DNR Fall Foliage Report – October 19, 2023
“Two sounds of autumn are unmistakable … the hurrying rustle of crisp leaves blown along the street … by a gusty wind, and the gabble of a flock of migrating geese.” —Hal Borland
A Department of Natural Resources drone captured this patchwork of autumnal beauty over the Burkholder off-road vehicle trail area of Potomac-Garrett State Forest. Photo courtesy of Melissa Nash, forester.
Peak leaf change is right around the corner in the western half of the state, evident in the russet leaves of the oaks, bronze and yellow hickory canopies, and the dazzling ruby red maples. The weather conditions remain ideal during the weekdays when Marylander’s are experiencing crystal blue, sunlit skies during the day, winding down with star-filled skies and chilly temperatures at night. Weekend weather systems have been a regular feature, bringing us wind and rain across much of the region, resulting in premature leaf loss in some areas of our state. However, there is plenty of fall color to be found if you know where to look. And this week, Western Maryland steals the show.
Cold, wet and windy conditions persisted through much of the week in northern Garrett County, bringing more leaves down to the forest floor. But leaf peepers need not despair, according to Forest Manager Sean Nolan. “Plenty of colorful leaves remain in the treetops at Savage River State Forest,” Nolan said. “The maple leaves have all turned while the oak trees are at various stages of color change with many still holding green leaves. The color change is definitely coming in waves, with individual trees showing vibrant colors and surrounding trees showing subtle changes. I would say we have certainly reached the midpoint and are moving toward peak as the oak trees continue to change.”
More changes are happening in Big Pool where reds are beginning to appear in the tree canopies and fallen leaves in shades of amber and gold line the forest floor. However, peak leaf change is still some days away. “There are still many green trees, especially near our water sources,” reports Ranger Kendra Bree, of Fort Frederick State Park.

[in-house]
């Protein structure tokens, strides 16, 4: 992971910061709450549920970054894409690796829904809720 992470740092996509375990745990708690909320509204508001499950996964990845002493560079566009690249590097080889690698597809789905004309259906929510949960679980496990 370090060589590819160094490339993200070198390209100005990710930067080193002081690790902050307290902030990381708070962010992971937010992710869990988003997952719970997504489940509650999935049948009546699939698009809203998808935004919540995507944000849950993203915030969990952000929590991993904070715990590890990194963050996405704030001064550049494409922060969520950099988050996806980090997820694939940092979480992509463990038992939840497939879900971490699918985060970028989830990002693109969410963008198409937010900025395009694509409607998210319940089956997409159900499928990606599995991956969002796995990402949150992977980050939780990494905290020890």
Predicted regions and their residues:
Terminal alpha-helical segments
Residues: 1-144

This picturesque view of Lake Habeeb is framed by the iconic Evitts Mountain, named after one of the area’s earliest European settlers, Jacob Evart. Jacob moved to the mountain to live a hermit life after being rejected by a woman in the Frederick County area in the 1730s.
Aaron Cook, project manager and forester, reports from Clear Spring this week: “The sugar maples are showing some wonderful color despite the dry growing season. Hickory is starting to be in full color, and the ridges are turning an orange hue with individual dots of red and purple. I would guess peak color will happen just before Halloween. For anyone taking advantage of the early muzzleloader or black bear hunting seasons, they should revel in being in the woods during the peak of fall foliage.”
Melissa Carson, Park Ranger Lead reports from Patapsco Valley State Park this week where “the hickories are fading to a buttery yellow and the tulip trees are looking pretty bare from last weekend’s wind and rain.” However, a fall favorite among leaf peepers – maples – are finally beginning to make their presence known in the forest canopies. “The maples are certainly the star of the show right now.”